But when a drought hit southern California in early 2000, it prompted a shift in thinking at the state level.

Yousan said, "The drought that we had, the shortage of water made people come back and say we should have greywater as a means of savings, and that's when the state started looking seriously at it."

Now, there are two types of systems you can install without a permit. One is called a branch drain system, like Lizama's. It takes water from your shower drain. The other is called a laundry-to-landscape. It sends water from your washing machine to your yard. There are restrictions to keep greywater from coming in contact with people and pets.

Wade Graham is a landscape designer in Los Angeles. He recently had a greywater system in his own home by Enviromeasures--a local company that works with homeowners to install gray water systems. Graham explained the restrictions. "You have to use it within 24 hours, you can't store it on site, and when you put it in the landscape it can't be in the air."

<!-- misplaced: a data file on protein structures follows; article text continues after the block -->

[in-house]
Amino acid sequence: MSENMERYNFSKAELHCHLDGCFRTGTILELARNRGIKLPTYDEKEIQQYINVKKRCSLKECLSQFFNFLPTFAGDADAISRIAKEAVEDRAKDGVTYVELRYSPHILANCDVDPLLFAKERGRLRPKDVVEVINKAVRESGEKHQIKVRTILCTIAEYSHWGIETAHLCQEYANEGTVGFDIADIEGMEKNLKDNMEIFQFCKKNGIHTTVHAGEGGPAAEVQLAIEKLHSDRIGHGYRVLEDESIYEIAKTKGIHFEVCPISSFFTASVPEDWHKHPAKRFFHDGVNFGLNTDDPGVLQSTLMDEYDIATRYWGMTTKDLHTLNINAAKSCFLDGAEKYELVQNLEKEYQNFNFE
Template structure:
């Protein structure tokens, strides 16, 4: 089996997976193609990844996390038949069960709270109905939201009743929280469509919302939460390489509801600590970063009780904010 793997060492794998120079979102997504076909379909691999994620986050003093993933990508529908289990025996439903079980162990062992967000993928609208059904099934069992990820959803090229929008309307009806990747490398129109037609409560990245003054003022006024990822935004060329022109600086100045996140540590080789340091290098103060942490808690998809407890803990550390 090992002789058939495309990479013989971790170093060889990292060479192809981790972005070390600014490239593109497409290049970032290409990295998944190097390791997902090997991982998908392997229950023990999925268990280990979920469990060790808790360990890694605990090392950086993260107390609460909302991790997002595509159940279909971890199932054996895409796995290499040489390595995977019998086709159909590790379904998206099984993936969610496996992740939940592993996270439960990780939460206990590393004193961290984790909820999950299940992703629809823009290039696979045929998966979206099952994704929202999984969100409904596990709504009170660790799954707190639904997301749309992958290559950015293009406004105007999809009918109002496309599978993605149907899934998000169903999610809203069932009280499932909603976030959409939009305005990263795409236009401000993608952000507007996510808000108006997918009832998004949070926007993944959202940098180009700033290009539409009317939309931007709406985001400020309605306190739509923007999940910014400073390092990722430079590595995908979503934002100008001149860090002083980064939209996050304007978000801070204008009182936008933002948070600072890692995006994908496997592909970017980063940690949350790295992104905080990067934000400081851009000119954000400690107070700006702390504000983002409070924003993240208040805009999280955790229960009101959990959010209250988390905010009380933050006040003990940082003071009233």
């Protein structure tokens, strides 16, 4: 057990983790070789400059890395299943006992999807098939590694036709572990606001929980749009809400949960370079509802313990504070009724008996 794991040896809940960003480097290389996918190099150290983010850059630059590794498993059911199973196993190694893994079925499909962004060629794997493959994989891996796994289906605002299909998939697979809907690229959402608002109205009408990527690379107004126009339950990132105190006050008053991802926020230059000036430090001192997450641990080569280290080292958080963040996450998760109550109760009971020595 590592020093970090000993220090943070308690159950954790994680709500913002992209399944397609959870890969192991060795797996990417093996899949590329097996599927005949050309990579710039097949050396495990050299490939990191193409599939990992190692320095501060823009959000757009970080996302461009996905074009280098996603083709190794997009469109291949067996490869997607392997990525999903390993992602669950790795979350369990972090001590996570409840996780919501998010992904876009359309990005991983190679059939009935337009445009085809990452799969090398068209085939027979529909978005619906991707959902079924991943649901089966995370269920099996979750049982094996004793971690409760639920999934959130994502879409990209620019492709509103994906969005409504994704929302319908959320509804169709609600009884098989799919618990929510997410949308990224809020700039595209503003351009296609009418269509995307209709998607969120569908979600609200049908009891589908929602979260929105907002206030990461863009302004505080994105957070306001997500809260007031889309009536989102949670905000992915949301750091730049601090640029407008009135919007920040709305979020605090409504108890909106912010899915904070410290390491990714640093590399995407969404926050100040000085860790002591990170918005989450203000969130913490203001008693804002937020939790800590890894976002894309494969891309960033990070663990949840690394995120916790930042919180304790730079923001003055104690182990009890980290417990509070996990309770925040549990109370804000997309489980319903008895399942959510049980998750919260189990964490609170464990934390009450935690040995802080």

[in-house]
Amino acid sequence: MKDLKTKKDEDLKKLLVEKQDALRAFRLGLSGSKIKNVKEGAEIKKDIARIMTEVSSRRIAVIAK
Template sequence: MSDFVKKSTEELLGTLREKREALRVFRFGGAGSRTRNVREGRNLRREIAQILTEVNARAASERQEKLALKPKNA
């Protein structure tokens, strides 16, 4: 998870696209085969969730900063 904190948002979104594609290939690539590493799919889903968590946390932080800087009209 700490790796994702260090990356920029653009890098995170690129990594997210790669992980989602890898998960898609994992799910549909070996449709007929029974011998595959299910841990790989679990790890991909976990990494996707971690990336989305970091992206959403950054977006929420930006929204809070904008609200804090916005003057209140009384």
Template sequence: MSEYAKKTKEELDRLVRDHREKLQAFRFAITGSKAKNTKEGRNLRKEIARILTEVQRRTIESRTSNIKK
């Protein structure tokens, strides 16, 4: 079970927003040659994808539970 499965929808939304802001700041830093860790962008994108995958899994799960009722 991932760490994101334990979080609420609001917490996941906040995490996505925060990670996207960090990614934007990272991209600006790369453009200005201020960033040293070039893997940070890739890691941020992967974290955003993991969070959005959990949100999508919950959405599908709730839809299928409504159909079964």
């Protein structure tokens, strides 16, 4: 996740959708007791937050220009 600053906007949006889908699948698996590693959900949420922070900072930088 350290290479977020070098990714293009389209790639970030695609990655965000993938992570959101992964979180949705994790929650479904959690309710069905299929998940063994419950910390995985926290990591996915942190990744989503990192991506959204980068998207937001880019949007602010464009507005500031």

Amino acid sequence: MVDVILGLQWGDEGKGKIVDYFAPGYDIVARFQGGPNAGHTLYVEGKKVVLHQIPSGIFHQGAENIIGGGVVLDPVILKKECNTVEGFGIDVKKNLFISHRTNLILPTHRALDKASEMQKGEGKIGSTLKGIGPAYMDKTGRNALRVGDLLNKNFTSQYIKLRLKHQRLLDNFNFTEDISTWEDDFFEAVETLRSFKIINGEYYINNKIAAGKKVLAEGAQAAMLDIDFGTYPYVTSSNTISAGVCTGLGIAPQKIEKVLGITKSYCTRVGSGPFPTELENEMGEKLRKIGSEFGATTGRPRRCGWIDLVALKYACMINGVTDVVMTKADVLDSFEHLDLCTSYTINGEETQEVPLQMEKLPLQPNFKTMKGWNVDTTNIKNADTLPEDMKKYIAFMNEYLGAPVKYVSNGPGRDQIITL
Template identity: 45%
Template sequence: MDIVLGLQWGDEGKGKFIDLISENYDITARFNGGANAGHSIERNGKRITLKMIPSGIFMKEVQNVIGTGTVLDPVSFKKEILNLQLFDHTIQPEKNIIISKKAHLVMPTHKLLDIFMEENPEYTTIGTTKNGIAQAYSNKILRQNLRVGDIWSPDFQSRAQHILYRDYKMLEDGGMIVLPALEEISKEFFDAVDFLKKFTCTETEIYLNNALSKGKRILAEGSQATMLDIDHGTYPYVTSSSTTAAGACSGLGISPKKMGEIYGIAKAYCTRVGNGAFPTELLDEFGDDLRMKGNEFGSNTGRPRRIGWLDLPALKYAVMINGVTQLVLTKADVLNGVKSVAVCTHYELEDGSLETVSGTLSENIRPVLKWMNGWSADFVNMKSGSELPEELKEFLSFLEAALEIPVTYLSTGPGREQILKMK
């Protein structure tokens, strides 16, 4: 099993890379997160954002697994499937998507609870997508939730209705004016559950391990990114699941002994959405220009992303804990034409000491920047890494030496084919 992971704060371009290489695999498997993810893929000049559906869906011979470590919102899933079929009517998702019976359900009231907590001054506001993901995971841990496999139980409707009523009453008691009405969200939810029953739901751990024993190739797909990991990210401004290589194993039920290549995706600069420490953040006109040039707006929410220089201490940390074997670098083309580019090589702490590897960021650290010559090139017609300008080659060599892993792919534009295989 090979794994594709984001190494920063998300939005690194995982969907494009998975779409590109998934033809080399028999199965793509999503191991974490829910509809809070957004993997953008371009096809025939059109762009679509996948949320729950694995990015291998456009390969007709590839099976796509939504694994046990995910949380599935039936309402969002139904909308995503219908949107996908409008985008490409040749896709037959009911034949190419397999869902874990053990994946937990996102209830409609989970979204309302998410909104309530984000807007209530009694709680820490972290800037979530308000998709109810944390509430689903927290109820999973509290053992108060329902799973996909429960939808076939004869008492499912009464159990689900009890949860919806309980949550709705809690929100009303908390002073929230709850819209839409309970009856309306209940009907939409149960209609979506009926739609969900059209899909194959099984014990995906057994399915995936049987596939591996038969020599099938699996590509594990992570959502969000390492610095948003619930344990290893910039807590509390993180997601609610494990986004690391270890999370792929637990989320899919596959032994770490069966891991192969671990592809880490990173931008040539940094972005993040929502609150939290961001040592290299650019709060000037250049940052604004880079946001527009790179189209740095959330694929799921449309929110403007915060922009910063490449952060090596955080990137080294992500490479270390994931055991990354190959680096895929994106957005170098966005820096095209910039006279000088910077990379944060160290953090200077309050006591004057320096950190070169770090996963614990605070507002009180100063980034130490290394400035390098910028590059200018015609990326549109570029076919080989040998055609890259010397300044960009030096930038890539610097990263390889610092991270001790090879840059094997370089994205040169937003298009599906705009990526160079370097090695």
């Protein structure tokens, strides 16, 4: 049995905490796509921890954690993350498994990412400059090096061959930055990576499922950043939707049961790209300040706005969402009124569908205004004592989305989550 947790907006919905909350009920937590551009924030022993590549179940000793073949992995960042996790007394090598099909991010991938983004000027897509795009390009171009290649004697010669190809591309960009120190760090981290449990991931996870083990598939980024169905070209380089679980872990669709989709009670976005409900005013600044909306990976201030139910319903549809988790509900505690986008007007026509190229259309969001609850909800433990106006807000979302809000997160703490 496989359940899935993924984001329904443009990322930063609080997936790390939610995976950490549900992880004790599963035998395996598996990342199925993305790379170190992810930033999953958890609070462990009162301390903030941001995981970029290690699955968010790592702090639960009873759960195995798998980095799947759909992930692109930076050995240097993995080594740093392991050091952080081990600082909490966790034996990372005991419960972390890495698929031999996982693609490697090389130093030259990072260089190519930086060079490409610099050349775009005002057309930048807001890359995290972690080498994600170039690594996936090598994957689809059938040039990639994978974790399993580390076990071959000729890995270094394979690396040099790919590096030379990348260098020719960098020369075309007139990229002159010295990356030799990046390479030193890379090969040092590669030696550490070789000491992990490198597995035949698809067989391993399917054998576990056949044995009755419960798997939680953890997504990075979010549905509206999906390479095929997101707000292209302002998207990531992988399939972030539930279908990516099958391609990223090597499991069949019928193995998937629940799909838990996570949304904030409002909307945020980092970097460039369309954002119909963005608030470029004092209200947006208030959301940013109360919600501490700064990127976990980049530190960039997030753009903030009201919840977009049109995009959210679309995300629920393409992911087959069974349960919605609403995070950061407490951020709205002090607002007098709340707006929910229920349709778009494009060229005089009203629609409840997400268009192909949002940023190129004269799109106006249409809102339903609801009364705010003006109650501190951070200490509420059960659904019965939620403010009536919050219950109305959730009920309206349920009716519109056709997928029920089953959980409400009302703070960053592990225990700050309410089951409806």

In other words, no tanks or barrels and no sprinklers. The water is dispersed directly through mulch or pebbles. These simple systems won't work on a typical grass lawn. To use greywater on those, you'd have to install a more complicated system. But Wade Graham's yard is not typical. "I have a weakness for aloe, so I've go about 50 species of aloe."

Graham's house sits on a hill and his front yard is so steep, you have to zig-zag up a walkway to get to his front door. The path is lined with citrus trees, bay laurel hedges and California meadow sedge, a grass that responds well to sub-surface irrigation.

Graham walked me to a narrow hallway at the back of the house with a washer and dryer, to show me how the system works. He lifts the lid of his washing machine. "Just so happened to need to do a load," he said as he pulled a jug of laundry detergent down from a shelf.